Robinson Noble is seeking an experienced geotechnical engineer to perform and manage geotechnical projects in our Tacoma office, as well as work with company management to expand our clientele in the south Puget Sound region. Duties will include geotechnical evaluation, analysis, design, and report writing for a wide-range of projects in both the private and public sectors. Knowledge of foundation analyses, subsurface soil investigations, slope stability evaluations, and infiltration studies are essential. This is a full-time position with a competitive salary and benefits package.
Education: Bachelor’s degree in engineering required; Master’s degree in geotechnical engineering strongly preferred
Registration: Washington State PE required; PE in Oregon, Idaho, and/or Alaska preferred
Experience: 5 to 10 years geotechnical engineering experience of increasing responsibility; minimum 3 years project management experience; business development experience preferred
- a valid driver’s license and personal transportation required
- strong field orientation and problem-solving skills
- strong verbal and written communications skills
Submit a resume and cover letter via email to recruiting (at) robinson-noble.com stating the position title in the subject field. Please include the following:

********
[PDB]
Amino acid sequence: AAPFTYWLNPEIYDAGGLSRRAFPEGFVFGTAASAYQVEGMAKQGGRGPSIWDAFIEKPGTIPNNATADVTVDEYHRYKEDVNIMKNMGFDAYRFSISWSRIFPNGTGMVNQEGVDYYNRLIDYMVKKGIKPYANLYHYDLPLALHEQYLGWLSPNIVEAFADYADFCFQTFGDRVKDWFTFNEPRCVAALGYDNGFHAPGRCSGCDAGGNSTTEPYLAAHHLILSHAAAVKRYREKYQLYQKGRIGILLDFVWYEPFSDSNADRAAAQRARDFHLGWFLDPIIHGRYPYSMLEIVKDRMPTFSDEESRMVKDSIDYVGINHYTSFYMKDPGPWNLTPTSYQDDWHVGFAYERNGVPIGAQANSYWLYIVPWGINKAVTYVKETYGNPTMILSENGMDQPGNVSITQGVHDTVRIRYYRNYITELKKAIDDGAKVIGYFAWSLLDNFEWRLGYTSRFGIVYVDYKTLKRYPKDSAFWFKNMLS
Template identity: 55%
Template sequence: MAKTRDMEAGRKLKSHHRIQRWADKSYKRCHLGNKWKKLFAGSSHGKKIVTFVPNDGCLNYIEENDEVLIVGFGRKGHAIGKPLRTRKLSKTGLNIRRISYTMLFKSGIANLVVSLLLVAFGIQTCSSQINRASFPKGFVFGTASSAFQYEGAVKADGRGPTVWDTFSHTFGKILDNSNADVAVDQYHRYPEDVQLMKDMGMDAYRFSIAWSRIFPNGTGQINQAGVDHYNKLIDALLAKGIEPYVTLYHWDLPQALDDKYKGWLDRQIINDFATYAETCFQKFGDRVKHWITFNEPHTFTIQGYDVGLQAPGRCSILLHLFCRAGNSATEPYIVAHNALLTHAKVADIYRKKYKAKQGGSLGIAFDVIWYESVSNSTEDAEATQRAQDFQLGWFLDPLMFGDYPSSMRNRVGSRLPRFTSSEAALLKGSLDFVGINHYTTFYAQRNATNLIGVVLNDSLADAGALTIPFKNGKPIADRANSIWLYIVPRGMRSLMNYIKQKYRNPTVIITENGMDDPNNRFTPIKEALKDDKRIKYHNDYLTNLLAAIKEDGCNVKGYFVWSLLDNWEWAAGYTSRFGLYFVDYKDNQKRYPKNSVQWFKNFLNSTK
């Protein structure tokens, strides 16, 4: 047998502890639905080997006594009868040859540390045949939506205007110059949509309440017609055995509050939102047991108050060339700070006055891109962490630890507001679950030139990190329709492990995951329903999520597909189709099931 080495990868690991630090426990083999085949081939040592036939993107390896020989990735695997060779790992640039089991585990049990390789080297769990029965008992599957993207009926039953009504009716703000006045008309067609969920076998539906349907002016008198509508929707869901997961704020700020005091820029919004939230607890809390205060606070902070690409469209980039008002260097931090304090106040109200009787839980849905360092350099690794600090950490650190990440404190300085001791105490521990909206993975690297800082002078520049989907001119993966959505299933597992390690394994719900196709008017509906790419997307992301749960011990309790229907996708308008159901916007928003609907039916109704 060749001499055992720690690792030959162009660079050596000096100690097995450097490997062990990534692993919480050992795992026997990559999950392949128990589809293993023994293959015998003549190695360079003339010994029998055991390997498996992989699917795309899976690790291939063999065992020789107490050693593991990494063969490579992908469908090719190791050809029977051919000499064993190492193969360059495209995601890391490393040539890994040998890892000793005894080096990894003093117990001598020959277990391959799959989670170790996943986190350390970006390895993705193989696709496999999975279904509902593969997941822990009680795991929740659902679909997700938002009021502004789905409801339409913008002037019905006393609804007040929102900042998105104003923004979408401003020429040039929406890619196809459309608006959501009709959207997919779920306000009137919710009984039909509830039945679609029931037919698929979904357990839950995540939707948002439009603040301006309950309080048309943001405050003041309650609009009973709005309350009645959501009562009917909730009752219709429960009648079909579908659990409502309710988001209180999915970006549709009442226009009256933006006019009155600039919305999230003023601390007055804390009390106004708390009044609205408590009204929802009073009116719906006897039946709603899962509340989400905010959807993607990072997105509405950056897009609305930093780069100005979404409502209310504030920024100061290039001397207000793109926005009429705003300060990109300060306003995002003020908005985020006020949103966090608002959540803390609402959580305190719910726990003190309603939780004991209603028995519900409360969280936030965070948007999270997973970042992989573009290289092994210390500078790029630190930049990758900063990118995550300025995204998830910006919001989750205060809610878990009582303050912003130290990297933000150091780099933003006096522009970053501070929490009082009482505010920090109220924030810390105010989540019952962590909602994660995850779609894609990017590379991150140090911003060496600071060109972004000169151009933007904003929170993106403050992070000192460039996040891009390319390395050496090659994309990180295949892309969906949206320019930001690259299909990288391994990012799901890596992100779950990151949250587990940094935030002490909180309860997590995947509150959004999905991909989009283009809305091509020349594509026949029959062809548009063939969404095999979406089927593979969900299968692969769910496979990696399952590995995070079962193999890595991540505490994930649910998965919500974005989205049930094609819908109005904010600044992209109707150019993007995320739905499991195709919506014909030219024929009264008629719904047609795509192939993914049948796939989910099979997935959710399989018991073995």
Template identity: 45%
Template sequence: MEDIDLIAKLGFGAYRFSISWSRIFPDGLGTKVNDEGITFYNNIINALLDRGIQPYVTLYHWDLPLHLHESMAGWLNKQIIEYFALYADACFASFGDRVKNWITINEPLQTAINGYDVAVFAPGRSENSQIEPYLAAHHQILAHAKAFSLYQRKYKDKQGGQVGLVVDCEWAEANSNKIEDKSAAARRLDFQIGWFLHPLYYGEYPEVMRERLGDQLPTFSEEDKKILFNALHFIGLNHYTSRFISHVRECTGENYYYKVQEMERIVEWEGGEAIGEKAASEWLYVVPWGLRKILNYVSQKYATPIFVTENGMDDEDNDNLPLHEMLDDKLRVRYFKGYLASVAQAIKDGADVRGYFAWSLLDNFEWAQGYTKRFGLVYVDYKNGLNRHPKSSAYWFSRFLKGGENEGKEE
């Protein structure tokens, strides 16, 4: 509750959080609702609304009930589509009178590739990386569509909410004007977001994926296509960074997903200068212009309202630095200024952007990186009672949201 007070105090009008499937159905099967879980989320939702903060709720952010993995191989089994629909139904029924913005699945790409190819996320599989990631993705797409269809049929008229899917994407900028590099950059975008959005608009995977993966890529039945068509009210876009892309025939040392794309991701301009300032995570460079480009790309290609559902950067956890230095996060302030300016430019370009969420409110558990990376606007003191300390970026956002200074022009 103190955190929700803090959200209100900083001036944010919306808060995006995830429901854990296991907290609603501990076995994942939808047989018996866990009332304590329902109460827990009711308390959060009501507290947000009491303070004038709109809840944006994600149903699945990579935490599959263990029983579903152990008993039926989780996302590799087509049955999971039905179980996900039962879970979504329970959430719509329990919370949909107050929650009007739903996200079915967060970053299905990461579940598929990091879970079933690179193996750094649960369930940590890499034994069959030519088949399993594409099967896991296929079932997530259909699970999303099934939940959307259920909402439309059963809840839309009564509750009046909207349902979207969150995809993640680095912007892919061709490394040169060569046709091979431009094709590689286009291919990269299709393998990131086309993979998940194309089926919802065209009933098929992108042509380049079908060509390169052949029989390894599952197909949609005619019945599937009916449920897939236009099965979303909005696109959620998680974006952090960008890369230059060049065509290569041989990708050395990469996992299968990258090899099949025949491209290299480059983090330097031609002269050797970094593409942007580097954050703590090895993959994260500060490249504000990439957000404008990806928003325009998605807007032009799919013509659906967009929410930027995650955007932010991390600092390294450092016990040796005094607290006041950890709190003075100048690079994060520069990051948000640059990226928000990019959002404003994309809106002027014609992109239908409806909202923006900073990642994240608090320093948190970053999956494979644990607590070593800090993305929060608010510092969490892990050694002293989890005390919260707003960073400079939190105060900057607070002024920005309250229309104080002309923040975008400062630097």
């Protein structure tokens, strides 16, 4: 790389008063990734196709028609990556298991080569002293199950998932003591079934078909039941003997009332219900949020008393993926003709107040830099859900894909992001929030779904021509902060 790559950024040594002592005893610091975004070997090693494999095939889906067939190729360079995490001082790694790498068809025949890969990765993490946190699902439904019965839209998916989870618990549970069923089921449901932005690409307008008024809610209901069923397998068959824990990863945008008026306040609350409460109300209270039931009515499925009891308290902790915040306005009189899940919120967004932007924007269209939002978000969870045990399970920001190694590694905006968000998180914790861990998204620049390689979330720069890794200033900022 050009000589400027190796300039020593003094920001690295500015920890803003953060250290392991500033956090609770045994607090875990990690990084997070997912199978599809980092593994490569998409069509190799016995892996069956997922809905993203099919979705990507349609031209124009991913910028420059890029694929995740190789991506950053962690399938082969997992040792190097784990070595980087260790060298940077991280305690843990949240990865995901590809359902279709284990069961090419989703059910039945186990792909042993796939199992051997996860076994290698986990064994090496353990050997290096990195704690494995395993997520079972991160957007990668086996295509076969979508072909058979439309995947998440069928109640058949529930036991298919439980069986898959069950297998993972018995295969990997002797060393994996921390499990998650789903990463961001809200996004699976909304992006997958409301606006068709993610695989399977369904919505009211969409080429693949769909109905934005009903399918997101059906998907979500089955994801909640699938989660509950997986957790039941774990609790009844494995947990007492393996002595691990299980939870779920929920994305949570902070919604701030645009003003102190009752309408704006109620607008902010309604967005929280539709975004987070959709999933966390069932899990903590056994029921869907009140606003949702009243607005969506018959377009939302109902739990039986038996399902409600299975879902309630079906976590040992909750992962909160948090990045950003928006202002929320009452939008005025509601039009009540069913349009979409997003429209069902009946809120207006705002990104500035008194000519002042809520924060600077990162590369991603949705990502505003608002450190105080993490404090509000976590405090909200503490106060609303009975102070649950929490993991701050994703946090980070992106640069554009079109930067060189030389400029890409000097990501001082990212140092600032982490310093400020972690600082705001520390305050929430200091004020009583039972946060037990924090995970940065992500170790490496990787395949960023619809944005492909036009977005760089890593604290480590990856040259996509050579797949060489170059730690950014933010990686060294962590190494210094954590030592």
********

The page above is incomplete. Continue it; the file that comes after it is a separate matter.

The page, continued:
- a summary of past experience, highlighting experience relating to the position as described above
- list of education and professional registrations (with registration number)
- salary history
- two writing samples – preferably one should be technical in nature and the other should convey technical or regulatory information to a non-technical person; writing samples can be attached to the email in Word or PDF formats
Robinson Noble is an equal opportunity employer and it is our policy that employees and applicants will not be subjected to unlawful discrimination or harassment based on race, color, religion, sex, age, national origin, veteran’s status, marital status, physical or mental disability, sexual orientation or any other basis prohibited by applicable state, federal or local laws.
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The Washington State Department of Transportation (WSDOT) is replacing the aging Puyallup River Bridge due to structural deficiencies. Built in 1925, the bridge is located in Puyallup, Washington where State Route 167 crosses the Puyallup River. To minimize traffic disruptions, plans called for the old bridge to be moved about 60 feet to the east for continued use while the new bridge is constructed in its place.
Robinson Noble designed the temporary, mechanically stabilized earth (MSE) abutment walls at both ends of the span and advised on jacking loads and settlement concerns prior to and during bridge placement.
MSE wall supporting north span of bridge
(photo credit: Rick Powell)
The bridge was successfully moved over the July 11, 2014 weekend (see time-lapse video below) and the MSE walls, constructed of a black reinforcing geogrid and compacted soil (known as a “wrapped” wall design), are now supporting the old bridge. The existing bridge re-opened ahead of schedule and in time for the Monday morning commute. The new bridge is expected to be complete in late 2015.